3 and + (or in Thai ๊ and ๋ ) are simple to pass by in a hurry. They are just used together with black class initial consonants. 3 makes the tone high of the word and + makes the tone of the word a rising one. They are seldom used.
1 and 2 however are important and are used as an integrated part of the sophisticated set of rules that we have learned and are about to sum up, when we have passed through the rules for 1 and 2.
Tone marker 1
1 makes a word with a long vowel, not ending in p, t nor k, go by the same rule as if it in fact did end in p, t or k. What I am saying is that rule #2 applies for tone marker 1.
Some examples below
ไก่ g-uy hen, chicken สี่ s-ee 4, four
are pronounced with a low tone, exactly as words ending in a long vowel plus + p, t or k. (rule #2)
ไม่ m-uy not
pronounced with a falling / dropping tone exactly as a word ending in a long vowel + p, t or k (rule #2)
Red initial Black initial Green initial สี่ ไก่ ไม่ low low falling / dropping
Tone marker 2
Tone mark 2 makes words with black and red initial consonants to get a falling dropping tone.
and words with a green initial consonant and thus belonging to the green class of words getting a high tone.
ร้อน r-aw-n warm, hot
Red initial Black initial Green initial ห้อง บ้าน ร้อน
falling/dropping falling/dropping high
Well, that's it. Simple and easy! Well, to be honest with you, I am still dizzy and I think I will continue to be, but even though the whole thing is swirling around my head, I have managed through spending a lot of time with my Thai versions of Harry Potter, to step by step, pressing the system into my spine, lots of practice and no cheating. I fell I got to get that correct. Cheating is to give up the tones, not cheating is to look up, each and every time as you lost the rule, over and over again. Of course a lot easier for those who start with Thai while still relatively young. But to try to learn to read and pronounce the tones correctly will not make you a Thai speaker but it will make you a person that can be understood by Thais as you try to speak Thai. Hopefully you will also be able to understand a lot better too.
Well I will carry on a bit more. First a clearification around words that have many syllables. They come from Sanskrit and are sometimes spelled funny. Let's look a bit at the very common word sawatdee. The different syllables gets its own tone according to the rules above. In the case of sawatdee - 'hello' it is suh-wuht-dee and the tones according to the rules are low-high-neutral.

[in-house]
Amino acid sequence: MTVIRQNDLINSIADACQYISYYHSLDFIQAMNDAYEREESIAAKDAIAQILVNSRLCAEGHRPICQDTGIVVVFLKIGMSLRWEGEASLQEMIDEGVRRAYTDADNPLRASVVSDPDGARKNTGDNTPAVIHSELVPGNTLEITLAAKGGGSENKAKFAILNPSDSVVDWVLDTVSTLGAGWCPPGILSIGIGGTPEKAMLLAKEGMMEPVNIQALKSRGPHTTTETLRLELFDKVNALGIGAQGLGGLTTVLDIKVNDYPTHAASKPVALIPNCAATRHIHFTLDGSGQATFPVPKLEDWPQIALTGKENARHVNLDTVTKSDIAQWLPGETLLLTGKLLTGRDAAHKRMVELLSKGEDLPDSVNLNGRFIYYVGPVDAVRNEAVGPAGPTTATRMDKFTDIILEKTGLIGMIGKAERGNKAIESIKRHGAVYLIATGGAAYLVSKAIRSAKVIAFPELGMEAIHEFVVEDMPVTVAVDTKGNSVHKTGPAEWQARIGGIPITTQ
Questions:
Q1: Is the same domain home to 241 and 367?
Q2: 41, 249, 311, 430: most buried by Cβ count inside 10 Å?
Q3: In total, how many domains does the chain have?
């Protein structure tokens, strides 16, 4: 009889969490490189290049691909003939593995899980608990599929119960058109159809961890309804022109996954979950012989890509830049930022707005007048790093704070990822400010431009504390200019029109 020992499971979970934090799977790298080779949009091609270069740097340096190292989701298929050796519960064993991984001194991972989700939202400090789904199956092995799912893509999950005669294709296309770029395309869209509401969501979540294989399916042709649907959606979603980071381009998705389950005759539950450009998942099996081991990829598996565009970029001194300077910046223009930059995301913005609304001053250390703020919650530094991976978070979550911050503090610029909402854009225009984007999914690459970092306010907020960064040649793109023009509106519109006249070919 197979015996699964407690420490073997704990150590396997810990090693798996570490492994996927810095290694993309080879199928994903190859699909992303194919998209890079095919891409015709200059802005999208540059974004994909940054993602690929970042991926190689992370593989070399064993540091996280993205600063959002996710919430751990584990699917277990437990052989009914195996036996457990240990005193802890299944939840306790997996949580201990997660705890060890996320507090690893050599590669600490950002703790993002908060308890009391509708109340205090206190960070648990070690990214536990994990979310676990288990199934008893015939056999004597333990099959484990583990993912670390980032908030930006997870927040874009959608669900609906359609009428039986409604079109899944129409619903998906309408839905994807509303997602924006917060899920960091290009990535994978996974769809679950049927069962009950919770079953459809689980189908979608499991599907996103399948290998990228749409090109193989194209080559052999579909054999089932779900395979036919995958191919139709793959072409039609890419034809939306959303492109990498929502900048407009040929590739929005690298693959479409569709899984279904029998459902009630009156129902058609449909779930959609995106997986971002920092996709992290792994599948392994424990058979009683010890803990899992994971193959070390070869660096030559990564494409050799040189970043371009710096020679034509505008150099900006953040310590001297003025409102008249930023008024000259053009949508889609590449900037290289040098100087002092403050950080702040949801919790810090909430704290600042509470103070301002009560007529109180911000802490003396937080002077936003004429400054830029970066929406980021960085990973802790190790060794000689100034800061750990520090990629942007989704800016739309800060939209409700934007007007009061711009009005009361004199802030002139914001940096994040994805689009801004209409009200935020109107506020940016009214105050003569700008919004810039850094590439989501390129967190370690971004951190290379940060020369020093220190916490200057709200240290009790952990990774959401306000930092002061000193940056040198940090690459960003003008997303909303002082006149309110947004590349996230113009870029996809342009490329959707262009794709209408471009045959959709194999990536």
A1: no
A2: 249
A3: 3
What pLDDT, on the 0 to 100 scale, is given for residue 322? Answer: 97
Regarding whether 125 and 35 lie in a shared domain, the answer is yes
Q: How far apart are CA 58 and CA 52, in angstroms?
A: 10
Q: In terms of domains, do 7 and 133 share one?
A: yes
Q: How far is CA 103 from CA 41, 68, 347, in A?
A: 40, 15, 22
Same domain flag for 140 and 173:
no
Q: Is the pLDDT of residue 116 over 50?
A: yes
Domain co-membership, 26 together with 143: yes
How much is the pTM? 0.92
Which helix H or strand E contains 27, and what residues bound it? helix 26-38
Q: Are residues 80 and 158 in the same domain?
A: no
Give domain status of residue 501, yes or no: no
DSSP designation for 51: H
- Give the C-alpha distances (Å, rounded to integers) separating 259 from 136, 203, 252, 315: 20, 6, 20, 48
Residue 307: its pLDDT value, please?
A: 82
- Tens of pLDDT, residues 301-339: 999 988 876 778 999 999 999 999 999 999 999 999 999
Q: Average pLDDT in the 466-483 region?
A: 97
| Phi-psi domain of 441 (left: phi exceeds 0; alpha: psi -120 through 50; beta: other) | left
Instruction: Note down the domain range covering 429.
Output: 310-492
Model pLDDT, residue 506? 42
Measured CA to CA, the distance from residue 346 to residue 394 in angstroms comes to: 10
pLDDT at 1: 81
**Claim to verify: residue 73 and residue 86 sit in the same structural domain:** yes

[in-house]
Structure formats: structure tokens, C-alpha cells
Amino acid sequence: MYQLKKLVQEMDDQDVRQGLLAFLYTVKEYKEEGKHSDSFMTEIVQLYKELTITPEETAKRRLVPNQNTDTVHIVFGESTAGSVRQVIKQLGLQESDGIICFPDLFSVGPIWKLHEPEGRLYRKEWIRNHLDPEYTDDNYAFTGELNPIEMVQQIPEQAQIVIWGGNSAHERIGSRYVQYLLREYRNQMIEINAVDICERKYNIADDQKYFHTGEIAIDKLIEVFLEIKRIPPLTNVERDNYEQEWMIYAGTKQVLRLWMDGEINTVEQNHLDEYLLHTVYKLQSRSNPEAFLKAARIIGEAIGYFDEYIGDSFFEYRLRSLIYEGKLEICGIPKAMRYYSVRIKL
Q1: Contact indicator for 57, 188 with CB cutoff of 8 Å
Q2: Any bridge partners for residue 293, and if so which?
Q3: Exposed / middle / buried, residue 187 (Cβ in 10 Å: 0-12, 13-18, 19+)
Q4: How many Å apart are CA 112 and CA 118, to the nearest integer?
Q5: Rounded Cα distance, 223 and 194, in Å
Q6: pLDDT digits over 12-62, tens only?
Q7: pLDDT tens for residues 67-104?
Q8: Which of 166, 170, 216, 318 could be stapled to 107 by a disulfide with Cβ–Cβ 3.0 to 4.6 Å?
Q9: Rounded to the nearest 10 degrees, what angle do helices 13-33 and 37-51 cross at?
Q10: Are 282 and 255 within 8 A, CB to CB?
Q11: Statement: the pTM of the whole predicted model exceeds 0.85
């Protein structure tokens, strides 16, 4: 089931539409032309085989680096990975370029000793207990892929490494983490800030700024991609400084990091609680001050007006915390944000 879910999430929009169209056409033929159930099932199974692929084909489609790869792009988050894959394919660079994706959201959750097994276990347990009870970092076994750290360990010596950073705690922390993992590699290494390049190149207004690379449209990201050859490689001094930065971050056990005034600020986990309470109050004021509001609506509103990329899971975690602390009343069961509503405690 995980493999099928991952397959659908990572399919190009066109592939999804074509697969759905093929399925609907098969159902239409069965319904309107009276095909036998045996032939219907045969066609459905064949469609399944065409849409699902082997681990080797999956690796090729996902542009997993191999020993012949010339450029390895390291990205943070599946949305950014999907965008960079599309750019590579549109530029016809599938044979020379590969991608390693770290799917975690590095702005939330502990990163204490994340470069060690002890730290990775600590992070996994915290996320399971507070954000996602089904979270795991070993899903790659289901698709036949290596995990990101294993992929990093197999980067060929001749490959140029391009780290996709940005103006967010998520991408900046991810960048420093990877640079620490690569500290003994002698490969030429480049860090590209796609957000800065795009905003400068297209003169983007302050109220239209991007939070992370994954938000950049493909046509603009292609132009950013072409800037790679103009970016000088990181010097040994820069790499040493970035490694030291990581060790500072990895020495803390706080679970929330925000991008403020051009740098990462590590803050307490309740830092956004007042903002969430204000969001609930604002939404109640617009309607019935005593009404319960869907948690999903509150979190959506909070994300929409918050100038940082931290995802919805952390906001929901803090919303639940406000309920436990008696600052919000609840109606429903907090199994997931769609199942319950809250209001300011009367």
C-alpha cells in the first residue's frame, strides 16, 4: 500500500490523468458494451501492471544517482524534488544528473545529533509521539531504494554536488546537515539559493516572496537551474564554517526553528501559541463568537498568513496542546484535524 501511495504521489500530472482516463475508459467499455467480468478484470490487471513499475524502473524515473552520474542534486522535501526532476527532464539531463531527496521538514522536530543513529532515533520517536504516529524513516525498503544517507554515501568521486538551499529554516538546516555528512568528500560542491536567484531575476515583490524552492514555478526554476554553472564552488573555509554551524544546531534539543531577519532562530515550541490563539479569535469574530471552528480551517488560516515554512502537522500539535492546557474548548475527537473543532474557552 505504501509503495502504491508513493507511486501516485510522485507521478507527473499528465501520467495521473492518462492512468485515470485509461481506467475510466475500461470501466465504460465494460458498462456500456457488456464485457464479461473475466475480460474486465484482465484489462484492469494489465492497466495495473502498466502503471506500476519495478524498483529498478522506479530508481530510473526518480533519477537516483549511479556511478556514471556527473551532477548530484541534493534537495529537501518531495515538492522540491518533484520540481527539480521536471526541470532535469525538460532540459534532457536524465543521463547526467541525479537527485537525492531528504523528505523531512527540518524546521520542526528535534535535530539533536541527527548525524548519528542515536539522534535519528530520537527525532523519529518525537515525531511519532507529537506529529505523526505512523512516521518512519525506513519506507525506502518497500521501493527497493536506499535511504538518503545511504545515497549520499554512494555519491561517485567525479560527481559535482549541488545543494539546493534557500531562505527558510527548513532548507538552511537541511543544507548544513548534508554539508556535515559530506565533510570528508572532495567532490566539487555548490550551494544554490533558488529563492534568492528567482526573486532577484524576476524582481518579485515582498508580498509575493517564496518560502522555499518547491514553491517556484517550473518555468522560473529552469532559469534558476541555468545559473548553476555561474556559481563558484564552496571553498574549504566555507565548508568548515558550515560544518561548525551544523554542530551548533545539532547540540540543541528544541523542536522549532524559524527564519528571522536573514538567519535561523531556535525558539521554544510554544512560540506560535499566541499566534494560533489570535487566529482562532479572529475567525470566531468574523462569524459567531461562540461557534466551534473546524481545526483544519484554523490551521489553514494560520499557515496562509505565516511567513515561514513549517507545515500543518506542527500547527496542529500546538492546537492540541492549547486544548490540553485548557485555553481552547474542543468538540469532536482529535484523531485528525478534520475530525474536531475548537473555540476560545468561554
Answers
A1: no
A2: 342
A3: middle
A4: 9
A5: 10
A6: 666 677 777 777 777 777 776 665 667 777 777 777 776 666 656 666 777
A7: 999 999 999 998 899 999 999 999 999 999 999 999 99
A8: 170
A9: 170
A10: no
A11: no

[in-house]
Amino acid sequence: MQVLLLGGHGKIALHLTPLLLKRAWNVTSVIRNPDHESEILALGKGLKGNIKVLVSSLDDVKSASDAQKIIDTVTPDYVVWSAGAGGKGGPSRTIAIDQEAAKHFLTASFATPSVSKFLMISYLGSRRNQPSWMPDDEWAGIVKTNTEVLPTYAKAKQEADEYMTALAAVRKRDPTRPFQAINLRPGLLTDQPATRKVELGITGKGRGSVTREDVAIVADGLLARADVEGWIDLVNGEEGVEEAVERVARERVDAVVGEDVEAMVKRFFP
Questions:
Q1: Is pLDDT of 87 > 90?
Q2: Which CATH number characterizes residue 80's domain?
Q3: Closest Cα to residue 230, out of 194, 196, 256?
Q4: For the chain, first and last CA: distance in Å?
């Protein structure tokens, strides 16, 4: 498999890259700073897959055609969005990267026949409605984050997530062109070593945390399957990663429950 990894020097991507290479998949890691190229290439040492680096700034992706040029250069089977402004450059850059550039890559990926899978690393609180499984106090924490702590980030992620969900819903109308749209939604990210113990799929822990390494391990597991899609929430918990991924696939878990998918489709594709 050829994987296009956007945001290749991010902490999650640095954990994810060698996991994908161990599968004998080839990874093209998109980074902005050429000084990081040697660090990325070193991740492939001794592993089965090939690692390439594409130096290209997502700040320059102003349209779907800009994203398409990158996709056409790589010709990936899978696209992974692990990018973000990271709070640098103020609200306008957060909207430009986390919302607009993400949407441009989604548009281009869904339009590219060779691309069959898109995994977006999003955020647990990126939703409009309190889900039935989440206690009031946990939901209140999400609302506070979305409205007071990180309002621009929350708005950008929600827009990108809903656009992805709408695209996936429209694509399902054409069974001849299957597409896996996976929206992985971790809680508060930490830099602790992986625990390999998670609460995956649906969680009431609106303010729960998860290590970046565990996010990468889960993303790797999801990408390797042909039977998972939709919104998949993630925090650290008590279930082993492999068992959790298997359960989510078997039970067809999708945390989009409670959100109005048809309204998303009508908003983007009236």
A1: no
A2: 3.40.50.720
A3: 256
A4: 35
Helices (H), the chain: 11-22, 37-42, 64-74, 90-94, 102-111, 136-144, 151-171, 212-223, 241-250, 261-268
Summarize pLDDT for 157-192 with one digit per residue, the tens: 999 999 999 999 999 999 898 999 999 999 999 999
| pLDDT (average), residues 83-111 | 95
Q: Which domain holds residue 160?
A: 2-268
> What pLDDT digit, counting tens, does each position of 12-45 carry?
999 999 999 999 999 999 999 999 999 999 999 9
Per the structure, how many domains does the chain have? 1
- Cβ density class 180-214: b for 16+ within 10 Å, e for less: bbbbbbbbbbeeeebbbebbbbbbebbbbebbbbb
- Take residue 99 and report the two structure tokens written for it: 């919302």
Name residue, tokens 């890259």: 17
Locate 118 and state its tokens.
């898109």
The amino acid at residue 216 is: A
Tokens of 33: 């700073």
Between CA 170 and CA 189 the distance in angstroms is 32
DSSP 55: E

If you wonder why sawahtdee is written s-w-uh-s-d-ee with an 's' and not as prounounced 't' well, it is not written wrongly rather pronounced Thai-style. Thais will pronounce a final 's' as a 't'
Tennis becomes tennit, finish becomes finnit, even the word for country in the Thai way of saying Thailand illustrates this. Thailand is in Thai pronounced Prateht Thai, which is written Prades Thai, prades same as Indian Pradesh - Uttar Pradesh for example.
In the same way words ending in L or R will be pronounced with N instead.
The last vowel
And finally on this page a bit more about vowels, so we catch up in our knowledge of vowels to reach the same high level as our knowledge of consonants and tones.
At Page 1 we left a vowel that perhaps is a bit special to pronounce. We will transliterate it as 'eu' here. It is pronounced similar to the vowel sound in the English word 'word' or 'bird' and no r-sound involved. Or if you wish French seule or Russian 'bl'.
มืด m-eu-t "dark" long vowel falling dropping tone
ขึ้น k-eu-n "to rise, up" short vowel falling dropping tone
We still have a few vowel combinations to learn. There are some more not often used consonants and some rules for pronounciations. Then you need to learn the order of the alphabet, so you can find yourself around in dictionaries. It is logical and easy if you notice how they have built up the order.
Well, then it is just to read and read. Real good skill of language you get by reading. Listen to people, radio and TV, and talk as often as you get the chance, in company or alone. Slowly but surely you will transform into a Thai, well perhaps not, but a bit Thai-ish at least.